- China will launch a state-backed blockchain to support NFTs, according to the South China Morning Post.
- Despite its ban on crypto transactions last year, Beijing is signaling it wants to capitalize on the surging NFT market.
- Multiple Chinese tech companies are supporting the new blockchain, which will be closely monitored by authorities.
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China’s state-backed Blockchain Services Network (BSN) is set to launch new infrastructure to support non-fungible tokens, kickstarting a Chinese NFT market that is not linked to cryptocurrencies, the South China Morning Post reported.
The announcement signals Beijing’s interest in the NFT surge while trying to balance it against its 2021 ban on crypto transactions. The state-backed digital infrastructure will clearly differentiate between cryptocurrencies and NFTs, as the latter will still remain legal.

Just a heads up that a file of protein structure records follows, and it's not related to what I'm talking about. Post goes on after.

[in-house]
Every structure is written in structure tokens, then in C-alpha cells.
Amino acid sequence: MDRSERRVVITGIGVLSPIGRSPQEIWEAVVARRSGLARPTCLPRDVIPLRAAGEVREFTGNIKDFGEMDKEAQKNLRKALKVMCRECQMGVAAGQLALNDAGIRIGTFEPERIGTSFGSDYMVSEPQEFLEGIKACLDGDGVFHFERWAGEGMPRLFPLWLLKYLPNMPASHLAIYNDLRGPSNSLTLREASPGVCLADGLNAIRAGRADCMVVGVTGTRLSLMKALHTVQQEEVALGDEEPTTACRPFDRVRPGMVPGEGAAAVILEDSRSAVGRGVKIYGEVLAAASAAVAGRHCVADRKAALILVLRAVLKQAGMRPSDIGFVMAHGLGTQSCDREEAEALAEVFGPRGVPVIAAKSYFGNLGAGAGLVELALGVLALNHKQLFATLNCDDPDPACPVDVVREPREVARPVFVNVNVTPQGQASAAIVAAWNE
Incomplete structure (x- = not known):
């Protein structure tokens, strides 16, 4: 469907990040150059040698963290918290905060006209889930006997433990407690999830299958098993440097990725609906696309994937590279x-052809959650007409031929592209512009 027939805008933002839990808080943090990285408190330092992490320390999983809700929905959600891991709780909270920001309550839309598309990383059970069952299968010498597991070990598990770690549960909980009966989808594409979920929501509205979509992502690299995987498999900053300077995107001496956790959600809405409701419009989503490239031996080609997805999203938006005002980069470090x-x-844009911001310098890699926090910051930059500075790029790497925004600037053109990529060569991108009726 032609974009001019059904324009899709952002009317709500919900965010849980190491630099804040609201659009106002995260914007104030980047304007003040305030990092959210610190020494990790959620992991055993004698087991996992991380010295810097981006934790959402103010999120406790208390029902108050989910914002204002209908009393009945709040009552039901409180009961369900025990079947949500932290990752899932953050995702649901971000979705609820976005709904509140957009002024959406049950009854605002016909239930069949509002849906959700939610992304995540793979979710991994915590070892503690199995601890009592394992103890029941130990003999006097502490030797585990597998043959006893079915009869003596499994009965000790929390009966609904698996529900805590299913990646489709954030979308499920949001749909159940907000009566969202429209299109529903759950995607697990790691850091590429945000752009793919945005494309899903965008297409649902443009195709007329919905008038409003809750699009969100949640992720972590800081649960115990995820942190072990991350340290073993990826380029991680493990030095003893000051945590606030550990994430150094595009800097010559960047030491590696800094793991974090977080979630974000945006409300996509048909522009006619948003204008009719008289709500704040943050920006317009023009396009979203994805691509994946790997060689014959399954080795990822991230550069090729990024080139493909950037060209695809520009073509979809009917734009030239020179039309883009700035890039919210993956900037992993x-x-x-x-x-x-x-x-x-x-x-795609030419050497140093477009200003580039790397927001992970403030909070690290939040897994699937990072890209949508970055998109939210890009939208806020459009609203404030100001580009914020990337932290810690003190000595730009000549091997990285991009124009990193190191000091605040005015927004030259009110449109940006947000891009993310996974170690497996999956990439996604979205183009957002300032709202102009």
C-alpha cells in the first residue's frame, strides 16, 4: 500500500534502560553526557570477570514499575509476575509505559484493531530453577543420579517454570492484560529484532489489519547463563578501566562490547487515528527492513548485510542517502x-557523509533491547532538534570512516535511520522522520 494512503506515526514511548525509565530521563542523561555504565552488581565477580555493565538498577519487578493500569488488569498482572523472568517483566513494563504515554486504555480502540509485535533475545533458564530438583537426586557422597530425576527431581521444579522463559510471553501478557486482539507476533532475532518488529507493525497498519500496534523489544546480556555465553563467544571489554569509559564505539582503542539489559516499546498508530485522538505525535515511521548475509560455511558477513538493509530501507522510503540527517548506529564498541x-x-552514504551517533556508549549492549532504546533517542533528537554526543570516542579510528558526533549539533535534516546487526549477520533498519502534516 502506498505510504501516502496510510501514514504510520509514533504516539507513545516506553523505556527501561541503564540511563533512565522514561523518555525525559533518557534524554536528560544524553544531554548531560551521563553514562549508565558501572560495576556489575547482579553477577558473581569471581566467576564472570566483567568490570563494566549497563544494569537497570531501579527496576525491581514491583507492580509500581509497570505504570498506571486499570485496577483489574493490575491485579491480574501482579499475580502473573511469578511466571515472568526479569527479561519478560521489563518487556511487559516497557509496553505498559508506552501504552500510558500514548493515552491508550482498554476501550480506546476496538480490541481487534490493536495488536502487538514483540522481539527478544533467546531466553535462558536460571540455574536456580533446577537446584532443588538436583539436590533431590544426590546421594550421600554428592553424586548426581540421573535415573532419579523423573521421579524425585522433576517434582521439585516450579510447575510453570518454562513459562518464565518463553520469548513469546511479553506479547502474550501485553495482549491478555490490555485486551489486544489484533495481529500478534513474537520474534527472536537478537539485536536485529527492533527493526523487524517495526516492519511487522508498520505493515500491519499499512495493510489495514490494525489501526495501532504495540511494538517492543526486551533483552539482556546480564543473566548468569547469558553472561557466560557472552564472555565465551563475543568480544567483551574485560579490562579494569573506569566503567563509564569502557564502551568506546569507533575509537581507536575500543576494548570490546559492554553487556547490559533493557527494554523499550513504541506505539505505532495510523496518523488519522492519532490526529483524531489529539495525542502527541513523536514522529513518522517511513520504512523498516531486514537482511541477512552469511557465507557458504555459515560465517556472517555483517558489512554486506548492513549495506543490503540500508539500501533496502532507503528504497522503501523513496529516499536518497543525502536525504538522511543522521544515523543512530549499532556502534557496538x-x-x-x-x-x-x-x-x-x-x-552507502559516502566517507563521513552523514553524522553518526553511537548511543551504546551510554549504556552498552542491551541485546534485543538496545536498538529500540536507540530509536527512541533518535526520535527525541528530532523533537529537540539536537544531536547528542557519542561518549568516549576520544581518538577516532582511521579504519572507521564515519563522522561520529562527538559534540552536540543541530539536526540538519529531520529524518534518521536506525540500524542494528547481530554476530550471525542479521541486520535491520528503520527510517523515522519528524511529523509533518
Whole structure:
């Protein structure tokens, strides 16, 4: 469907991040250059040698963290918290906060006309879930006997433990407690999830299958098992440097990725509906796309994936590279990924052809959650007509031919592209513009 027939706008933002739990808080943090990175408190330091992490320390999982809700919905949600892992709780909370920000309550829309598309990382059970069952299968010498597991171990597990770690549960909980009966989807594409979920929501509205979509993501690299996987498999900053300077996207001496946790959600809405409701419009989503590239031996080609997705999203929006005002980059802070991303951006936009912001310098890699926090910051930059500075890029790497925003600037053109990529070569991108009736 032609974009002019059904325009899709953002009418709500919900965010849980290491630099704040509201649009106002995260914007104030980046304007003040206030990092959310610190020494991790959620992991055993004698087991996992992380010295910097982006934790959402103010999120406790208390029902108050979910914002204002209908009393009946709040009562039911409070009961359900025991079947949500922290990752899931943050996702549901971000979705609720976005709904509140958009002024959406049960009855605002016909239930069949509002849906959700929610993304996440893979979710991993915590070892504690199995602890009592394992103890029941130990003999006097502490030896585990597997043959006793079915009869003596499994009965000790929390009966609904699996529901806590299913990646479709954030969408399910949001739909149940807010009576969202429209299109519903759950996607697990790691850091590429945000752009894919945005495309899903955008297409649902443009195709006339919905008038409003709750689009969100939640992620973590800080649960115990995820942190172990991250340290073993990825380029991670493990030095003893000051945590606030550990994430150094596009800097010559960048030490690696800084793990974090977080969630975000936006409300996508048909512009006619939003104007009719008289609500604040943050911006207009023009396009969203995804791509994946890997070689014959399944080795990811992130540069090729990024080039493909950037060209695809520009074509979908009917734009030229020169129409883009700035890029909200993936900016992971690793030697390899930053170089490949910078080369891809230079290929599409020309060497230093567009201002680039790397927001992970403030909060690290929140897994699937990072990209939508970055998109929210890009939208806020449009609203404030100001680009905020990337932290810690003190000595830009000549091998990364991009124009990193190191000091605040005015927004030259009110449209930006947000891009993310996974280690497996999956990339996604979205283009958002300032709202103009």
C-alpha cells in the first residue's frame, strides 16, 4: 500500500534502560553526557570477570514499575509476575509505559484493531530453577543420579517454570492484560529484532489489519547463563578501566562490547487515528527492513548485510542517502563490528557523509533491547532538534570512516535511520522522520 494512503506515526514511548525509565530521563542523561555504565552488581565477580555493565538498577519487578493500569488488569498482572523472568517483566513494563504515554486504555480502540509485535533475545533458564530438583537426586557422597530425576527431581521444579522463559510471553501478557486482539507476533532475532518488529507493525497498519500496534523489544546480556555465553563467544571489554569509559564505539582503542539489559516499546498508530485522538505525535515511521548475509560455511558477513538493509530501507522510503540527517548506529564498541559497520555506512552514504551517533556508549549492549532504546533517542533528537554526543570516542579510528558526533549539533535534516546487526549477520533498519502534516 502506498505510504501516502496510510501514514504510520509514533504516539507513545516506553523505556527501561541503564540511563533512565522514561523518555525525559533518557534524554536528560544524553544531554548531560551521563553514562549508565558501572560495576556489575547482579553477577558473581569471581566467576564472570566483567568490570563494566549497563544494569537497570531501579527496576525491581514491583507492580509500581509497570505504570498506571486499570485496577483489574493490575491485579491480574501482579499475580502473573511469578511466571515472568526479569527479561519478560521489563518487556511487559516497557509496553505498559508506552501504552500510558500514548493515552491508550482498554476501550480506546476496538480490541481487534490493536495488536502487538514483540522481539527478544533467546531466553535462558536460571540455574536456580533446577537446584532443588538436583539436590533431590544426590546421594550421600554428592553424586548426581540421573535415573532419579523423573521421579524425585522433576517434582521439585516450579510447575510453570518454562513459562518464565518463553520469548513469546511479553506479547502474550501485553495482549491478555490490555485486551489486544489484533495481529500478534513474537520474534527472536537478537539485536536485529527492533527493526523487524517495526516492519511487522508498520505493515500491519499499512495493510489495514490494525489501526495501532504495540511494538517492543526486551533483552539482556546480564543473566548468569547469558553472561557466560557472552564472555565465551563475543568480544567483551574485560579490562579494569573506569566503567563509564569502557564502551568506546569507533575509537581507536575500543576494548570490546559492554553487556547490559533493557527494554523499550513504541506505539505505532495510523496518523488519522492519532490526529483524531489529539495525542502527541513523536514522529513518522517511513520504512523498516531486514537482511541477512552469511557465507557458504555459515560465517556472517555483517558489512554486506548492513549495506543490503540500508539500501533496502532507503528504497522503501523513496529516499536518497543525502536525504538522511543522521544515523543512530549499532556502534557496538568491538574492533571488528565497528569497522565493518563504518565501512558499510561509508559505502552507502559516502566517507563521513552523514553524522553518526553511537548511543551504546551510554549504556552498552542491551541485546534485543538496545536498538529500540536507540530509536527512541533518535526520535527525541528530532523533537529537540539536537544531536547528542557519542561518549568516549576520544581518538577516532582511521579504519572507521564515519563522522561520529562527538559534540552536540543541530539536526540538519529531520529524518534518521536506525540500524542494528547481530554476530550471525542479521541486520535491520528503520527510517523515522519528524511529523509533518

Still, some tech companies such as JD.com, Baidu, and Tencent Holdings have opted to call their NFTs “digital collectibles.”
The new technology, called the BSN-Distributed Digital Certificate (BSN-DDC), will allow users to manage their NFTs, with all purchases and service fees to be transacted with the Chinese yuan.
A blockchain, typically, is a decentralized platform for open market transactions and information. In China, however, public chains are illegal, He Yifan, CEO of BSN’s technology support provider Red Date Technology, told the South China Morning Post.
In fact, the state requires all online systems to permit regulators to intervene in case of “illegal activities,” He added.
China’s alternative to this is the open permissioned chain, or a version of a blockchain that is governed by a specific entity. China’s BSN is backed by state-owned China Mobile, China UnionPay, and State Information Centre. The BSN-DDC will integrate 10 blockchains, including modified versions of Ethereum and Corda.
More big players and high-profile names continue to enter the digital asset space. In 2021, NFTs ballooned to a $41 billion market, nearly catching up to the size of the global fine art market.